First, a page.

The Thai Industries Sentiment Index (TISI) jumped to a three-year high from 88.0 points in August to 95.9 points in September, thanks to the continuing recovery of the Thai and global economies, Federation of Thai Industries (FTI) chairman Santi Vilassakdanont said on Tuesday.
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Industries sentiment hits 3-year high
Implementation of Reforms in Thailand
The approved Financial Institution Business Act (FIBA) facilitates increase in foreign ownership in Thai foreign institutions. The Financial Institution Business Act (FIBA) became effective on 3 August 2008 as planned. The FIBA allows financial institutions to raise the foreign limit from 25 percent to 49 percent with permission from the BOT and foreign investors may own more than 49 percent equity stake in Thai banks with permission from the Ministry of Finance and recommendation by the BOT. The increase in foreign limit would encourage Thai banks to seek foreign strategic partners to strengthen the capital base, improve core banking business, IT platform, know-how and add inorganic growth to Thai banks.
The telecommunications sector is in the era of technological convergence. In this context, it is important to note that Thailand’s telecommunications sector is highly concentrated in both the fixedtelephony and broadband access markets with only three to four firms dominating each market. Because of concentration in the sector, it is important to take into account the potential for abuse of market power, particularly in regards to licensing and other regulatory policies. The telecommunications sector has done relatively well in providing access to telephone services through fixedand mobile services at reasonable costs.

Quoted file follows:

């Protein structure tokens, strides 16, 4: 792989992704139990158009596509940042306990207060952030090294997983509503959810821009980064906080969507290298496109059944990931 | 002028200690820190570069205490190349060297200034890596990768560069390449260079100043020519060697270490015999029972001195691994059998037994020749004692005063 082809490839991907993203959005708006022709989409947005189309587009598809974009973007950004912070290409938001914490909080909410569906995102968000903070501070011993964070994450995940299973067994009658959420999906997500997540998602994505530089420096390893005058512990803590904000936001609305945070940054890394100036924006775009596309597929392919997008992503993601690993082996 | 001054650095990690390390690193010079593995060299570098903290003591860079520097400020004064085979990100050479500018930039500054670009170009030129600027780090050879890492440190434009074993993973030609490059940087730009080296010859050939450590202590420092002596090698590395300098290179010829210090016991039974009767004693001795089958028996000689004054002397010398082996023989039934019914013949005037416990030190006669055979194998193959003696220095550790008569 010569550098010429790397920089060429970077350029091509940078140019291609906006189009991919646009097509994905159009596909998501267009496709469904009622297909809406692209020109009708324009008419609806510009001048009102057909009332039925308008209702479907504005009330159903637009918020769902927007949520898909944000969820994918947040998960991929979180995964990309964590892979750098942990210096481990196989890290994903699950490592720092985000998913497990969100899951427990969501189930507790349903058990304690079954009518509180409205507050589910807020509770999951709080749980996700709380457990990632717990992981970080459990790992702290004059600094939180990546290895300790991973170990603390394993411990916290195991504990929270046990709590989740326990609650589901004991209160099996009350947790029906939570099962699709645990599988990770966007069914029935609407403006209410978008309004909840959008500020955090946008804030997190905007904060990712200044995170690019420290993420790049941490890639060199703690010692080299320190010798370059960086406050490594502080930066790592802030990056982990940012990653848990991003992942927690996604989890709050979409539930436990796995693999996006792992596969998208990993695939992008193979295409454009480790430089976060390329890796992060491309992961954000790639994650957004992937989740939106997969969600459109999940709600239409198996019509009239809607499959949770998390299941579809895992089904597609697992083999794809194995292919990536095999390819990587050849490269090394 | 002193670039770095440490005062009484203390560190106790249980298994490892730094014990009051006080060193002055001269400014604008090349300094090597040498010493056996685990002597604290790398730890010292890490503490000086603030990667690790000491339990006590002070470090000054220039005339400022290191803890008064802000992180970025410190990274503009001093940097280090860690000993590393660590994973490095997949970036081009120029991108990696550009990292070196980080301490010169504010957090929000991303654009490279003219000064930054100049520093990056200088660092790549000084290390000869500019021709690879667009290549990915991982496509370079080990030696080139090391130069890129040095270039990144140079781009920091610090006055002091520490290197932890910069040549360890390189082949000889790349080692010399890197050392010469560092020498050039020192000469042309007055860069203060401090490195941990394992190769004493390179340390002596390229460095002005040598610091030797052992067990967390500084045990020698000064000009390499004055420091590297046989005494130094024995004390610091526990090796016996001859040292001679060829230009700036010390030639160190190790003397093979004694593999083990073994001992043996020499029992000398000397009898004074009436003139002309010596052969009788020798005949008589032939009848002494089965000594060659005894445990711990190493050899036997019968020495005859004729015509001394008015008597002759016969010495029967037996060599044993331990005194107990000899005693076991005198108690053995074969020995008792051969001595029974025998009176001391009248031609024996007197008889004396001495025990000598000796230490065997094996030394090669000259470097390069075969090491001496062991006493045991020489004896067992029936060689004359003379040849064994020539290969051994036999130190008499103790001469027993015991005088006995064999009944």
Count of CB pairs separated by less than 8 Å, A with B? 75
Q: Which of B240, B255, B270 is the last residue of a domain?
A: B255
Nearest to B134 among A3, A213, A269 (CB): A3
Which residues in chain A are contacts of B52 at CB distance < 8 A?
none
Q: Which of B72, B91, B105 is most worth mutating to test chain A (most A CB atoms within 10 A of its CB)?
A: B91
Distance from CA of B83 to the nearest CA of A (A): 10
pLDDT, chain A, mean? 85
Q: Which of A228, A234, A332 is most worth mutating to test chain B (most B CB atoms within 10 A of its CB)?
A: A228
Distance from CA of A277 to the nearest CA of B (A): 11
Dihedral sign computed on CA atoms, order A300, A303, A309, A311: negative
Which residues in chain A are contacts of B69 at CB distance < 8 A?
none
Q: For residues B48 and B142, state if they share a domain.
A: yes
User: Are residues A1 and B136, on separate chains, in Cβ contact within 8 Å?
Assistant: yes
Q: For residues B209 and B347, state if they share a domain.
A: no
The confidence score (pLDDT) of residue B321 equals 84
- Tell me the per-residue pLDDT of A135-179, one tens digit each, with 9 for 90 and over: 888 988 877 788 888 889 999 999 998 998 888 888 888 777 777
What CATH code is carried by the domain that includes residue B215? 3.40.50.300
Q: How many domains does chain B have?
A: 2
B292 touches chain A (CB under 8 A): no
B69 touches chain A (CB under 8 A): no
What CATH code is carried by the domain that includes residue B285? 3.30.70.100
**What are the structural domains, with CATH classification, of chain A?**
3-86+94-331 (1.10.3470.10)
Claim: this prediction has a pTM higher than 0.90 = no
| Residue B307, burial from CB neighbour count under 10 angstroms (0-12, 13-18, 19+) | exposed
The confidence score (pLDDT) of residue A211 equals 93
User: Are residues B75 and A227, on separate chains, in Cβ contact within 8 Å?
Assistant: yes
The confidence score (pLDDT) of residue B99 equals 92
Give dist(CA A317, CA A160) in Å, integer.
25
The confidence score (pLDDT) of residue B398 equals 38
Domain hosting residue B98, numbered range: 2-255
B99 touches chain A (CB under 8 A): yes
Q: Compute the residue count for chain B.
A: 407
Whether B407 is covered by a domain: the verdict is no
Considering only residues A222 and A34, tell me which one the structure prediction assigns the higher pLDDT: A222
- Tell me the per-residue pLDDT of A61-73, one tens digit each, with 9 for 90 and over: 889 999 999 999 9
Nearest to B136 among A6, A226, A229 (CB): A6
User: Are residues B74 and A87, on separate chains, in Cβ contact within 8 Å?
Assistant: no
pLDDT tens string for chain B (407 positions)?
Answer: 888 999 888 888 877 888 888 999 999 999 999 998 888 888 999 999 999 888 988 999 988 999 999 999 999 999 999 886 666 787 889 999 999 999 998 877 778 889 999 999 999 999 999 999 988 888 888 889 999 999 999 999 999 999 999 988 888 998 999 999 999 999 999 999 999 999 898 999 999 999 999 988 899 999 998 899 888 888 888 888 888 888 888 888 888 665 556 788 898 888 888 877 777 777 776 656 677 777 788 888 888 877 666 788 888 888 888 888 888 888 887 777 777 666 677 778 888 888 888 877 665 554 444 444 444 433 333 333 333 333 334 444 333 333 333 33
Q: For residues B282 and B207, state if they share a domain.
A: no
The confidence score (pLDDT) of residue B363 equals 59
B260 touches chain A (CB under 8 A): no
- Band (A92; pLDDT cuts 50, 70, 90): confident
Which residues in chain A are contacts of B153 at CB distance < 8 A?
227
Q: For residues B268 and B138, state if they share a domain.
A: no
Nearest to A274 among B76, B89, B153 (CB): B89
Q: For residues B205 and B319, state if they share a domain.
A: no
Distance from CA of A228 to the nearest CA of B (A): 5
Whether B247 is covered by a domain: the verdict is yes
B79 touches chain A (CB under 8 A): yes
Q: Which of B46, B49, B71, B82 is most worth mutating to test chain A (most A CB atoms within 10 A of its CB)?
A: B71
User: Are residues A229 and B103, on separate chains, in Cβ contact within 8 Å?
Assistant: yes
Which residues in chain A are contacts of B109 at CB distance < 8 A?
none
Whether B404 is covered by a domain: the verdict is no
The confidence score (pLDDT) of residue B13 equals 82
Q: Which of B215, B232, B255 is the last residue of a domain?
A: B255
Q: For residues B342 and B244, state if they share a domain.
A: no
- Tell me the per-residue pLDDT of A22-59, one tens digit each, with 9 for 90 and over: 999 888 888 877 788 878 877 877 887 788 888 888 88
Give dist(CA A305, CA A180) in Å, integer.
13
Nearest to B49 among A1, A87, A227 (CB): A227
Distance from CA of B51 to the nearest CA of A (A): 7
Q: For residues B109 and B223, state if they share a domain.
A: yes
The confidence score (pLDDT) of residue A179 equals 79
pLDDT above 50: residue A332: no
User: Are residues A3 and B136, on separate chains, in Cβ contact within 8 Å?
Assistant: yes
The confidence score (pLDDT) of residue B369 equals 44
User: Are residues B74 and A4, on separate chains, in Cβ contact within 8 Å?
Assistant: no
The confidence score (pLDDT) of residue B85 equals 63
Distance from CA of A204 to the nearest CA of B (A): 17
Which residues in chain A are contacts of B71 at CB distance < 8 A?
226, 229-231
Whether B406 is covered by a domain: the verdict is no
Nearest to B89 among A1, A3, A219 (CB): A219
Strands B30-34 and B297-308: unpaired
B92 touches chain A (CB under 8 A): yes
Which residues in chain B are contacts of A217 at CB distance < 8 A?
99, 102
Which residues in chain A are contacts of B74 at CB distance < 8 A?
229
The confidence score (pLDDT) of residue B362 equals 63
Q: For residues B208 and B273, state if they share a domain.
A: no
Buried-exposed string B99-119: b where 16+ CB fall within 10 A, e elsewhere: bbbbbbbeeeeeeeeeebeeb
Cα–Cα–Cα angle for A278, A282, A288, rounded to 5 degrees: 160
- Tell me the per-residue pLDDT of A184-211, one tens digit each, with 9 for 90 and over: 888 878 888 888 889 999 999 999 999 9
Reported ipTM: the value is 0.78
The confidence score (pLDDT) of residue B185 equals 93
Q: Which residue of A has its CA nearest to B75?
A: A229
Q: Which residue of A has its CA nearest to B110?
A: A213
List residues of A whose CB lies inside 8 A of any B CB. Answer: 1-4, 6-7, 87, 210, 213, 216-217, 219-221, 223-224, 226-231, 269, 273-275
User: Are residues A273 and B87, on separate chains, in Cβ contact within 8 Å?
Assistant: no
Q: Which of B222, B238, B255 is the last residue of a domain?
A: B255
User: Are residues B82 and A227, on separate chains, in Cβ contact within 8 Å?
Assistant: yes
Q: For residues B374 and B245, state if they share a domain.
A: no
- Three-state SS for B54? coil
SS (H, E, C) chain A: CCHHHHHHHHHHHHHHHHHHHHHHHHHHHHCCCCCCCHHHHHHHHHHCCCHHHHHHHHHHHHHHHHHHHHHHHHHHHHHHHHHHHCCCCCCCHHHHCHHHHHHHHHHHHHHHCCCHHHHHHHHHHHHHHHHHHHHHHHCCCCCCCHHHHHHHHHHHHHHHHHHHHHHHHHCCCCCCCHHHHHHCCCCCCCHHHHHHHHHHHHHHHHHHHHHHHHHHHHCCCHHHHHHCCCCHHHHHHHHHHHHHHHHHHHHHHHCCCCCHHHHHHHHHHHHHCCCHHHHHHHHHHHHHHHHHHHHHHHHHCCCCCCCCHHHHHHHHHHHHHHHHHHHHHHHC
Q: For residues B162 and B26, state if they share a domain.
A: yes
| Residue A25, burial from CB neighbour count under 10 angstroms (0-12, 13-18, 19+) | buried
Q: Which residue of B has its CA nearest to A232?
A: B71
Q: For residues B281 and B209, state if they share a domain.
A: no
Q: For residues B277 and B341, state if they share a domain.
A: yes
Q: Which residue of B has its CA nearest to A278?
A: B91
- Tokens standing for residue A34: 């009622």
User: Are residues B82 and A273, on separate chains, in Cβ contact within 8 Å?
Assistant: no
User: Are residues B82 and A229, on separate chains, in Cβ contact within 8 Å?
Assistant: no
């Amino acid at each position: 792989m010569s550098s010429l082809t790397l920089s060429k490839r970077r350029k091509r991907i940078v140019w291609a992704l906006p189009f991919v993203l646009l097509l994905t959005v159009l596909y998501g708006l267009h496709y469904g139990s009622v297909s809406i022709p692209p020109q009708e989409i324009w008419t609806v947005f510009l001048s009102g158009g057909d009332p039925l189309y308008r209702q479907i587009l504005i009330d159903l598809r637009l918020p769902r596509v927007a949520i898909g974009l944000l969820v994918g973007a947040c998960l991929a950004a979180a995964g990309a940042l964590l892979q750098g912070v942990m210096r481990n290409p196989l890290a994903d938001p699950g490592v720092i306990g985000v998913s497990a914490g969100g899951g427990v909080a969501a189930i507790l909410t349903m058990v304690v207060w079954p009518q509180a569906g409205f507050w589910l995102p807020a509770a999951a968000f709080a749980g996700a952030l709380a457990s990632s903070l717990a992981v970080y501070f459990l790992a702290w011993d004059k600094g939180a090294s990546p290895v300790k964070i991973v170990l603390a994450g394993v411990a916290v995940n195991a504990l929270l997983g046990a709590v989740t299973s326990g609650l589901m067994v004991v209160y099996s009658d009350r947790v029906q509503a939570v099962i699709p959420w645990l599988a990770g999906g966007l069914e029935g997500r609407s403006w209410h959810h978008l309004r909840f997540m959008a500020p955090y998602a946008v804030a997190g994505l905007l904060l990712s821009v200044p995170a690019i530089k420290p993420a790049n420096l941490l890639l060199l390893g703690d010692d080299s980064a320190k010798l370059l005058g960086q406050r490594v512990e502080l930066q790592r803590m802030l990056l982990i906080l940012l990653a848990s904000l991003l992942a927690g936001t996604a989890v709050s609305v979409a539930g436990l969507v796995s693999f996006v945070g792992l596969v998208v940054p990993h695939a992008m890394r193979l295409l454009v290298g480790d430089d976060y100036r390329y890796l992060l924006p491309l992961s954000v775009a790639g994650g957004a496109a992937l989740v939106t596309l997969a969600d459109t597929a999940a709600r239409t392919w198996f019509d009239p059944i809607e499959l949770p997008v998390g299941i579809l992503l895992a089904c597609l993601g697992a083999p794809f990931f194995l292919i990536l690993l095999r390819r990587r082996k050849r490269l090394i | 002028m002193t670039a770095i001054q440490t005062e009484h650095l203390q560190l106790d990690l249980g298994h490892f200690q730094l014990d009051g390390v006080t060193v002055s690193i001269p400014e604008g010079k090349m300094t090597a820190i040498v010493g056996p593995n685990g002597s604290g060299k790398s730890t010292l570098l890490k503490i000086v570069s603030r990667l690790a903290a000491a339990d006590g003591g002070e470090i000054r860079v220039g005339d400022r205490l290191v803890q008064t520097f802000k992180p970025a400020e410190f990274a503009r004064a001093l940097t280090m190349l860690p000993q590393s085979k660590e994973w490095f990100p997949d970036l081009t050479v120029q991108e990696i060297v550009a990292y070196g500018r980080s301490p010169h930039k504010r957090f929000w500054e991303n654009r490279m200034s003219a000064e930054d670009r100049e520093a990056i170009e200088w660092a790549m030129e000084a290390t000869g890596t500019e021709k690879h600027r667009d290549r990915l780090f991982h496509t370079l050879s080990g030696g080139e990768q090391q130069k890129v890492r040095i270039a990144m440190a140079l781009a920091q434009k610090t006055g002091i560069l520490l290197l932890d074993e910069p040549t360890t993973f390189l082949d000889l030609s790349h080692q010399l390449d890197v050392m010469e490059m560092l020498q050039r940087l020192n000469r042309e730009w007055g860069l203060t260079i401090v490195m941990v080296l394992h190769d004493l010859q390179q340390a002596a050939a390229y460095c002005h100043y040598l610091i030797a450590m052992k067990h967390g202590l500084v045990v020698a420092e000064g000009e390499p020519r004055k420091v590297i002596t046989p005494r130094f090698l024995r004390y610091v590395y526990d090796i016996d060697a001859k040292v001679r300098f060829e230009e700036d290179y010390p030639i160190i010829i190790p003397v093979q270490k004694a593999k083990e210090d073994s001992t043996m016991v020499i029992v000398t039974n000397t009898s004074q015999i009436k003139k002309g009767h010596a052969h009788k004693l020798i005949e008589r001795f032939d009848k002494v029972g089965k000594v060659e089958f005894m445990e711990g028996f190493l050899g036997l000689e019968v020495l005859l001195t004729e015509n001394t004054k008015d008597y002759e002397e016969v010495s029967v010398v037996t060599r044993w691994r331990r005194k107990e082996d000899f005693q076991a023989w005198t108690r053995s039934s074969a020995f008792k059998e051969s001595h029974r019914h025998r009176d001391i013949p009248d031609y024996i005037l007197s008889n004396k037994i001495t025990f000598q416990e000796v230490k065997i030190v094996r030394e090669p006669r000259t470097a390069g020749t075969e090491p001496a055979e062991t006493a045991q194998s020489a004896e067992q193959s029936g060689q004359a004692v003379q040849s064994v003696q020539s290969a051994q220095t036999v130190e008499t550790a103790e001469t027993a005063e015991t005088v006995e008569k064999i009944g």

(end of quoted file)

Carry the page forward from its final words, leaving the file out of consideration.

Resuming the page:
The government also uses tariff measures as a tool to promote energy policy. To encourage the use of natural gas as an alternative fuel for vehicles, the government has exempted import duties of many natural gas-related tools and equipment such as bio-fuel conversion kits, natural gas containers, and chasses.
Externally, the trade balance in January 2009 recorded a 1,688 million US dollar surplus. Export value contracted for the third consecutive month while import fell even more rapidly. Export value dropped 25.3 percent (yoy) to 10,382 million US dollars. This was due mainly to contraction across the board except for labour-intensive industries which still expanded from gold export. Import value contracted 36.5 percent (yoy) across the board to 8,694 million US dollars. When accounting for the net services, income, and transfers surplus of 601 million US dollars from lower investment income transfer compared to the previous month, the current account balance registered a 2,289 million US dollar surplus.
Nevertheless, the impact on lending was muted. Commercial banks, concerned about credit risks in a contracting economy, were cautious in lending, while private sector demand for credit generally declined in tandem with economic activity. The rate of increase in loans by commercial deposit-taking institutions slowed from 8.4% in the ifrst quarter to 6.1% in the second. Stock prices as refected in the SET index, afer falling by 48% in 2008, picked up in the second quarter of 2009. The index rose by 45% in the first 8 months of this year, a gain in line with other Asian markets.